Relief is on the way for over-stretched cardiac and dialysis services at Auckland's Middlemore Hospital - their busiest emergency department.
A $15 million expansion has just been approved, which will help an extra 100 patients a week.
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Middlemore's catheter lab, where they carry out crucial coronary angiogram 'X-ray tests' to detect artery blockages, is under such severe pressure that staff are forced to send patients to private hospitals.
"At the moment we're outsourcing to the private system and it's expensive, and it's not fair that our patients have to go somewhere else to get their treatment," Dr Selwyn Wong, Middlemore's head of cardiology, told Newshub.
Funding for a second catheter lab has been approved on Thursday. It will take a few years to complete, but it will help ease the pressure.
Wong says it can't come soon enough - and ideally, Middlemore needs three.
"Patients are at risk because they're waiting longer, so that will delay their treatment and sometimes will delay cardiac surgery or their procedures," Wong says.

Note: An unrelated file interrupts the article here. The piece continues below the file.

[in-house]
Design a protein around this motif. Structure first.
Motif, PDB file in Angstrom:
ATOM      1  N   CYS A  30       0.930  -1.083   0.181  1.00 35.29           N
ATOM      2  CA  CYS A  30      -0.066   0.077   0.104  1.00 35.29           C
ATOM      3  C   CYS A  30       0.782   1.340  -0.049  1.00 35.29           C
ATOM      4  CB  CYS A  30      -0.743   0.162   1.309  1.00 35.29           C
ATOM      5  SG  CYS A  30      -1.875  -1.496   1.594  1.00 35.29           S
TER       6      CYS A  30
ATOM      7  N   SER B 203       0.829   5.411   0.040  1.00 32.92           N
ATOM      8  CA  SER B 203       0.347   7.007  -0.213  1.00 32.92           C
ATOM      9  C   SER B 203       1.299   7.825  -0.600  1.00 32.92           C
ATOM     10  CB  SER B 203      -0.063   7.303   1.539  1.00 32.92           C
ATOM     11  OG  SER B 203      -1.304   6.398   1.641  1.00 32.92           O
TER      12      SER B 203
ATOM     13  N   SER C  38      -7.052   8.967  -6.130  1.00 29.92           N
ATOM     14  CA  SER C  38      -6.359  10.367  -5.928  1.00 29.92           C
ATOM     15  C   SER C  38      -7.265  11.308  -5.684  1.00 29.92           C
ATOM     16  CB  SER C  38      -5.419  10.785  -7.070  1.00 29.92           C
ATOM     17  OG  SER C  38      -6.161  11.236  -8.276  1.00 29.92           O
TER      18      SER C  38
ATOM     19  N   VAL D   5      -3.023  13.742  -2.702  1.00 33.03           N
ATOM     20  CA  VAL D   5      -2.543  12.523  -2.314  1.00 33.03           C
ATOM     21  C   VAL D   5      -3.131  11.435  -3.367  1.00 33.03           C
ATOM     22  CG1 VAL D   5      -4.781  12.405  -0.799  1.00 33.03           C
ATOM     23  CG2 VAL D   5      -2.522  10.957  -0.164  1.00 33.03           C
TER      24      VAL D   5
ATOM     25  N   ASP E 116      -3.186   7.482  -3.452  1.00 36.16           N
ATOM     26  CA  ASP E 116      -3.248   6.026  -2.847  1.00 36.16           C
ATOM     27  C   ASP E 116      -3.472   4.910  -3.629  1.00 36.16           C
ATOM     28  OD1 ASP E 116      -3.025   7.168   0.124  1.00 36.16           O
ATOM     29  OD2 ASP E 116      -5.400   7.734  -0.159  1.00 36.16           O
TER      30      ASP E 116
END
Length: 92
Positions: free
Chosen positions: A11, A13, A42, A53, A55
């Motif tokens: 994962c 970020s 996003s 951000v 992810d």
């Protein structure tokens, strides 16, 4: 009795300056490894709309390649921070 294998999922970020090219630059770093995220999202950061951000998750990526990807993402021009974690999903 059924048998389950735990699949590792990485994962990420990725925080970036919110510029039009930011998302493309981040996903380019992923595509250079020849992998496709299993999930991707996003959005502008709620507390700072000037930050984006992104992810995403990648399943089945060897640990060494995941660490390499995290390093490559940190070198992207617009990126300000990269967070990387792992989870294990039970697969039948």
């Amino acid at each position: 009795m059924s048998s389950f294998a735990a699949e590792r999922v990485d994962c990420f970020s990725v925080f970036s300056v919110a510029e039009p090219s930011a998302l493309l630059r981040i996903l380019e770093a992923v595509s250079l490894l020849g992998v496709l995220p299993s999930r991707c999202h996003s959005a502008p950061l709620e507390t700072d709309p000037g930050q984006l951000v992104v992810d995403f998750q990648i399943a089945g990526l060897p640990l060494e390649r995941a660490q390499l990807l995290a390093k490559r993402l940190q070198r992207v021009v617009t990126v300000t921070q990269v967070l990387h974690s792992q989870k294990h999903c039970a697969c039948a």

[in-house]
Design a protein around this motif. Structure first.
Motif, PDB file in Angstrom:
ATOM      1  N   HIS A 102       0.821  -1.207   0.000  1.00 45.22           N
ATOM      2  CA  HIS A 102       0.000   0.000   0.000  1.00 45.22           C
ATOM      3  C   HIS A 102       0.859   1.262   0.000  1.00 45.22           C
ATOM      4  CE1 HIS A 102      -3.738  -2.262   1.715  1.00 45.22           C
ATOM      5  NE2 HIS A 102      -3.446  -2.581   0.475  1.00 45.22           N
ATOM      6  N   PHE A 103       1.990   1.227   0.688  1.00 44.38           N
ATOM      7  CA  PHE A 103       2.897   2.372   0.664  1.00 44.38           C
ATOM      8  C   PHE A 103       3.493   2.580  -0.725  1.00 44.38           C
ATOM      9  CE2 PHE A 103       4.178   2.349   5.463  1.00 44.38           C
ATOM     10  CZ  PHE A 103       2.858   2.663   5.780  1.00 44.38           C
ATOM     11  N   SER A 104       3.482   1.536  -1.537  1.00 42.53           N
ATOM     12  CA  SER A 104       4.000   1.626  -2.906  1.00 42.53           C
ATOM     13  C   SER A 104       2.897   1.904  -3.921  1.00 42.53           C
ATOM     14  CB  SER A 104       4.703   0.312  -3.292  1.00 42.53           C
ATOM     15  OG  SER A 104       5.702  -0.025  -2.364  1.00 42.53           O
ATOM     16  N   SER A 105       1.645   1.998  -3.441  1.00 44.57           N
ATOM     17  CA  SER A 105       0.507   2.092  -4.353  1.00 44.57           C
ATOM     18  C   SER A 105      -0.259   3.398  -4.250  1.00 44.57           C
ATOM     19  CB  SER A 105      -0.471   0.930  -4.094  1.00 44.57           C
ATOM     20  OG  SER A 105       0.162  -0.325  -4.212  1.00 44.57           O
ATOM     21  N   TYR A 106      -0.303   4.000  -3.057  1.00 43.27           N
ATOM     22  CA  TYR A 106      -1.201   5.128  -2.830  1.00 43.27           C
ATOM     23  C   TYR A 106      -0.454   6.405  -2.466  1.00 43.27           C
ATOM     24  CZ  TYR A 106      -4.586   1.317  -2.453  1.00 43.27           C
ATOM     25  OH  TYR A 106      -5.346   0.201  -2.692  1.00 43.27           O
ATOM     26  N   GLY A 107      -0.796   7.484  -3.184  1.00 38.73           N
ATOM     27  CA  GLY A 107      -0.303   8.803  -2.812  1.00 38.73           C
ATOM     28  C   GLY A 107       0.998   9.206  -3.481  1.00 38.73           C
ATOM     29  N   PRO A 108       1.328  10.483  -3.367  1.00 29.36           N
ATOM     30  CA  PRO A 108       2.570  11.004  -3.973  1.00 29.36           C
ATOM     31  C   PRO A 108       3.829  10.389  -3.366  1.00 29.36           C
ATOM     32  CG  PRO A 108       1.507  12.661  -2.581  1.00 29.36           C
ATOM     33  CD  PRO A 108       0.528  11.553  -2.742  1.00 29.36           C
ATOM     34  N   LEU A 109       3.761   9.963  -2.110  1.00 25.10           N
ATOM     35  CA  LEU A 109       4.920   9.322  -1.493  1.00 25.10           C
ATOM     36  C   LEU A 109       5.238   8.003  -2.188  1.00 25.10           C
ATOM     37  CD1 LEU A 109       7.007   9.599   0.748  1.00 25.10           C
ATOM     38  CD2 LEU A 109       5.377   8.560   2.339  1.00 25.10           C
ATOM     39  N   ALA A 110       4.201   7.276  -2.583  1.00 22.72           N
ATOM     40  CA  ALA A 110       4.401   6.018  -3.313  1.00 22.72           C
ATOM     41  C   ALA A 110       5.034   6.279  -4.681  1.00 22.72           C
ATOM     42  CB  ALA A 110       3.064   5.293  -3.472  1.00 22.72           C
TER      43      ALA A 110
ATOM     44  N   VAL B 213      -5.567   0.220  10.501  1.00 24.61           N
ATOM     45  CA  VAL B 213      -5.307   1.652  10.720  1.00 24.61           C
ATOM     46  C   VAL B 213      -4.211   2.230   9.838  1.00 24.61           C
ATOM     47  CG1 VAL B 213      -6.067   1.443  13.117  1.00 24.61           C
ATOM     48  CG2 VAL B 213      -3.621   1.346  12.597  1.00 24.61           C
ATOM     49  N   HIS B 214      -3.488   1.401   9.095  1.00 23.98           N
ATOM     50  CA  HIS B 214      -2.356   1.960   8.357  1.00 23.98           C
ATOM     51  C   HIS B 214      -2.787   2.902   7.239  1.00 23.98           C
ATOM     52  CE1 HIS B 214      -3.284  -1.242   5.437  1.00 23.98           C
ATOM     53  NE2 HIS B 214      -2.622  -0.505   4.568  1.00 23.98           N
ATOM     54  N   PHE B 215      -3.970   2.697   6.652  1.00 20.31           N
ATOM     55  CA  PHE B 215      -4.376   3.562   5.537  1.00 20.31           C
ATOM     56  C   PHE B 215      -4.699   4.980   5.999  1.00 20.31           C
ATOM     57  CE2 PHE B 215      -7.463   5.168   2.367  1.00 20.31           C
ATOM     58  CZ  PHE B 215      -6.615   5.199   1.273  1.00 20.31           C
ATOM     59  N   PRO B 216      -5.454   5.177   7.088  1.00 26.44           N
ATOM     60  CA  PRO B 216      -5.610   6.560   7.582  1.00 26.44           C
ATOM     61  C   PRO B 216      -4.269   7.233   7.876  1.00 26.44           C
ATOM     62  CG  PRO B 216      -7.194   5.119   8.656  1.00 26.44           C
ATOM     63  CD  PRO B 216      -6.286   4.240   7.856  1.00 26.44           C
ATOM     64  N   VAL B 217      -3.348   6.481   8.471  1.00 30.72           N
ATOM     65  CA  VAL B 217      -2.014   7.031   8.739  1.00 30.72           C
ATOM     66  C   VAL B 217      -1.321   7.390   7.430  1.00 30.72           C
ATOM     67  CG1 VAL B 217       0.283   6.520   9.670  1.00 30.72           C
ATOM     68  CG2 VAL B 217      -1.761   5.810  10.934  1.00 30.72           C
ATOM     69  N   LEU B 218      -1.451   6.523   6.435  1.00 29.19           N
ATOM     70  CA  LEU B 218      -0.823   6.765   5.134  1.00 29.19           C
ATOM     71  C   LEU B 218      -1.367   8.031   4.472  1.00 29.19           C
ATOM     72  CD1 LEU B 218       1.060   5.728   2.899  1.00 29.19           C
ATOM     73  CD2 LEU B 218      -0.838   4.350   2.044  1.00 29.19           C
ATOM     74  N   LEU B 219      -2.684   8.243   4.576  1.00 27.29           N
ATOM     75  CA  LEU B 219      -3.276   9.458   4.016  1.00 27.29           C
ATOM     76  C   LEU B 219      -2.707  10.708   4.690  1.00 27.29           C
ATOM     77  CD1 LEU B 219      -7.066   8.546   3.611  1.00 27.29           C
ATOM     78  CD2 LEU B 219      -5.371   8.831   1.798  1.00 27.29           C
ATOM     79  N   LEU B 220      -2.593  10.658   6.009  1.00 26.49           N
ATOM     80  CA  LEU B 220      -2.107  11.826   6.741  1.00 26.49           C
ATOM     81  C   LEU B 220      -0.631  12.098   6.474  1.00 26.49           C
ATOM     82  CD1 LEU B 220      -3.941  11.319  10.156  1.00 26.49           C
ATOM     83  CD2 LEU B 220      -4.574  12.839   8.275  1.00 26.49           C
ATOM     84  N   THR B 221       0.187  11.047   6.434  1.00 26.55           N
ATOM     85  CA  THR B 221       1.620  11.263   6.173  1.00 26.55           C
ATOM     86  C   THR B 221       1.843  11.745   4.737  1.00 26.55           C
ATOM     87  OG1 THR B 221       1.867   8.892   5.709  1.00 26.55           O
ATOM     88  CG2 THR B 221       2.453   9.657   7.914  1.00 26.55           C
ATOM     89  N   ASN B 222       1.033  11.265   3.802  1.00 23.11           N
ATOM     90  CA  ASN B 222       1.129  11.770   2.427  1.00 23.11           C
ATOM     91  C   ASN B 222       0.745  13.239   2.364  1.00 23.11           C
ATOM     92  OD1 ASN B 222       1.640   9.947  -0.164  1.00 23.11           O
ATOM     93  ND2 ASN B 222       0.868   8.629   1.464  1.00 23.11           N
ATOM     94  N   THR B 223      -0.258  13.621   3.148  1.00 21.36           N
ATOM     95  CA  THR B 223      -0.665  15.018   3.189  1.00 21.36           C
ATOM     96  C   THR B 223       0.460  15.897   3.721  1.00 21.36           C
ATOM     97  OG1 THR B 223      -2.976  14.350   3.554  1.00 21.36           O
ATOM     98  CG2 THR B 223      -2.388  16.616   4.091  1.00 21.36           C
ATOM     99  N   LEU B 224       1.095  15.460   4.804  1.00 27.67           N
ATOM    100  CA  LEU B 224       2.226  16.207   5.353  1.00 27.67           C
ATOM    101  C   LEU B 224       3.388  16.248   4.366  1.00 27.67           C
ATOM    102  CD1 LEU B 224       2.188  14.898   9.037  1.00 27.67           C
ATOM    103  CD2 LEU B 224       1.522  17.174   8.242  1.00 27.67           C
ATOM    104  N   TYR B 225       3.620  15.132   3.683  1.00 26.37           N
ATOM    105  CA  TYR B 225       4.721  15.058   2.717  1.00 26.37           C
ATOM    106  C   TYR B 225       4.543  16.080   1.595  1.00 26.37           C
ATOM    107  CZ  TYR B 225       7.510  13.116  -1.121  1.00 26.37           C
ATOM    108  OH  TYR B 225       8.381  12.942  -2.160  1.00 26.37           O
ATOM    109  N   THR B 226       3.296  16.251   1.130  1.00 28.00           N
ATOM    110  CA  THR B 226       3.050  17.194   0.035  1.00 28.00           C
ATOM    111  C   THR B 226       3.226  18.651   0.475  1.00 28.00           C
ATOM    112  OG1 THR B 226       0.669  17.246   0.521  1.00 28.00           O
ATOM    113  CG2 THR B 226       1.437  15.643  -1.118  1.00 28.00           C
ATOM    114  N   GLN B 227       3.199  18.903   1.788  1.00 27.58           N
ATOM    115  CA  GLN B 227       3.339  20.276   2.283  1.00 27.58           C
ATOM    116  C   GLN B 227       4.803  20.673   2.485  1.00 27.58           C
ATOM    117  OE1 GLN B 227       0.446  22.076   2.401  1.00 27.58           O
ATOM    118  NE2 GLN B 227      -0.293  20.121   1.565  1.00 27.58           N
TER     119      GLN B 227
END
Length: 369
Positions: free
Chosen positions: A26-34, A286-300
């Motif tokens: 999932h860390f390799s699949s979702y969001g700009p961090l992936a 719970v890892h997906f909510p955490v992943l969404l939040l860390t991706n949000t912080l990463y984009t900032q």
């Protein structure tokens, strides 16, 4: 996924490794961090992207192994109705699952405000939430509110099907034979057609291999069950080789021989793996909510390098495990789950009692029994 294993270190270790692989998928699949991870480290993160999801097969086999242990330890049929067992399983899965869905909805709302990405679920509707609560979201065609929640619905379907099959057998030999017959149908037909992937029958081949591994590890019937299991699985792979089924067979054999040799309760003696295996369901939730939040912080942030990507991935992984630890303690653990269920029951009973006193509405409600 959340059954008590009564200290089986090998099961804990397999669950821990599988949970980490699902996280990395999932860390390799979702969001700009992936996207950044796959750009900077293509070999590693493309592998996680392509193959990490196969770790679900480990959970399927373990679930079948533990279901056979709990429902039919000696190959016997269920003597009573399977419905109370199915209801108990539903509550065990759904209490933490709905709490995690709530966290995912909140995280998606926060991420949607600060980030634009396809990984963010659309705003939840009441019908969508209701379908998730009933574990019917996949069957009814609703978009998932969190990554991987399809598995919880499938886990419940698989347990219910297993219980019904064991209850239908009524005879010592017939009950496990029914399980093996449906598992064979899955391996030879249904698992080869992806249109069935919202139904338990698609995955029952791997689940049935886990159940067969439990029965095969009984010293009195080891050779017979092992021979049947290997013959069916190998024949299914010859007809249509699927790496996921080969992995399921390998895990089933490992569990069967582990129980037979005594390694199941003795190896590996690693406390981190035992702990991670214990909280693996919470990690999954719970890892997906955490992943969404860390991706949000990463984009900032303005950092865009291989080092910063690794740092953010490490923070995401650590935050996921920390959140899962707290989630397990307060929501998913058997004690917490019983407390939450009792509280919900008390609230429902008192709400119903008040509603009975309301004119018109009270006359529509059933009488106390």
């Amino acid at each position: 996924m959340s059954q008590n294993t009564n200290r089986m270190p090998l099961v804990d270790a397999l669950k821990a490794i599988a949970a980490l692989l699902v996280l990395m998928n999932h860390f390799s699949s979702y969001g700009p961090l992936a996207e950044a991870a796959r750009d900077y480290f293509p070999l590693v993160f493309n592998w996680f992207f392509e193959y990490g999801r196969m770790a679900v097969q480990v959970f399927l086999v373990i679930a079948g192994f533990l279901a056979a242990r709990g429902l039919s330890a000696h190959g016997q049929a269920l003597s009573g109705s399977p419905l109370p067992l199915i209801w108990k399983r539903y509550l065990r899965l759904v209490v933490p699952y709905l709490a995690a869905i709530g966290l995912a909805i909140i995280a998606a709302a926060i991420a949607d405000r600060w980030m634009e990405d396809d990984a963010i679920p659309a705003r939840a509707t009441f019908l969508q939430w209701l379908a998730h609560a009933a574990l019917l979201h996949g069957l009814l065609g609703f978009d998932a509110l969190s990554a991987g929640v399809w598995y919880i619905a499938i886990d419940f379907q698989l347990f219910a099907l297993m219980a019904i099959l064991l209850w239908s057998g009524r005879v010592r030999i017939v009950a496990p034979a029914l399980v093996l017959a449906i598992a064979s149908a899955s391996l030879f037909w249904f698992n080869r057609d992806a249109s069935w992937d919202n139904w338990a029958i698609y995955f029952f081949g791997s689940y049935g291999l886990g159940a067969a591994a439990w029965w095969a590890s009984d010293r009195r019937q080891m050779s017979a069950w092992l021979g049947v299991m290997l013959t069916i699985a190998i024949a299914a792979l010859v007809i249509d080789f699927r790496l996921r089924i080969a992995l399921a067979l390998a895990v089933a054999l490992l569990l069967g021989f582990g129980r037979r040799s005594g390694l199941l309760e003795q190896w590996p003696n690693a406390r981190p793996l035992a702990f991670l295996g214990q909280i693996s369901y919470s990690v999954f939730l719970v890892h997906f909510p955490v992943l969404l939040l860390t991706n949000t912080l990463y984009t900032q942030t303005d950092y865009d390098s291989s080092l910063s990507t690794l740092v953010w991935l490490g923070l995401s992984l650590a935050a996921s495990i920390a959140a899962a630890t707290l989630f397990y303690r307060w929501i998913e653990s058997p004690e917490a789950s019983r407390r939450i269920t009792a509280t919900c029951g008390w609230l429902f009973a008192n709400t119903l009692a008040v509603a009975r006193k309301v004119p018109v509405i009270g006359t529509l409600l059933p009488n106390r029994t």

"So there are certainly instances of patients that will suffer because of the delays."
It's a similar picture in the High Dependency Dialysis facility. The facility is designed to treat 80 patients a week, but they're currently seeing more than 92 - way overcapacity.
"There are patients who we would prefer to be in our high dependency dialysis unit who can't be there," Dr Chris Hood, head of renal, told Newshub.
"We have patients who we have to dialyse in the evening, when we would like to dialyse them in the daytime."
Counties Manukau has twice as much need for dialysis as the rest of the country.
The Government has now given the go-ahead for six new beds.
"These expanded services will make a significant difference, particularly for Māori and Pacific communities," says Minister of Health David Clark.
These changes will address health equity - not only for patients, but also for over-stretched staff.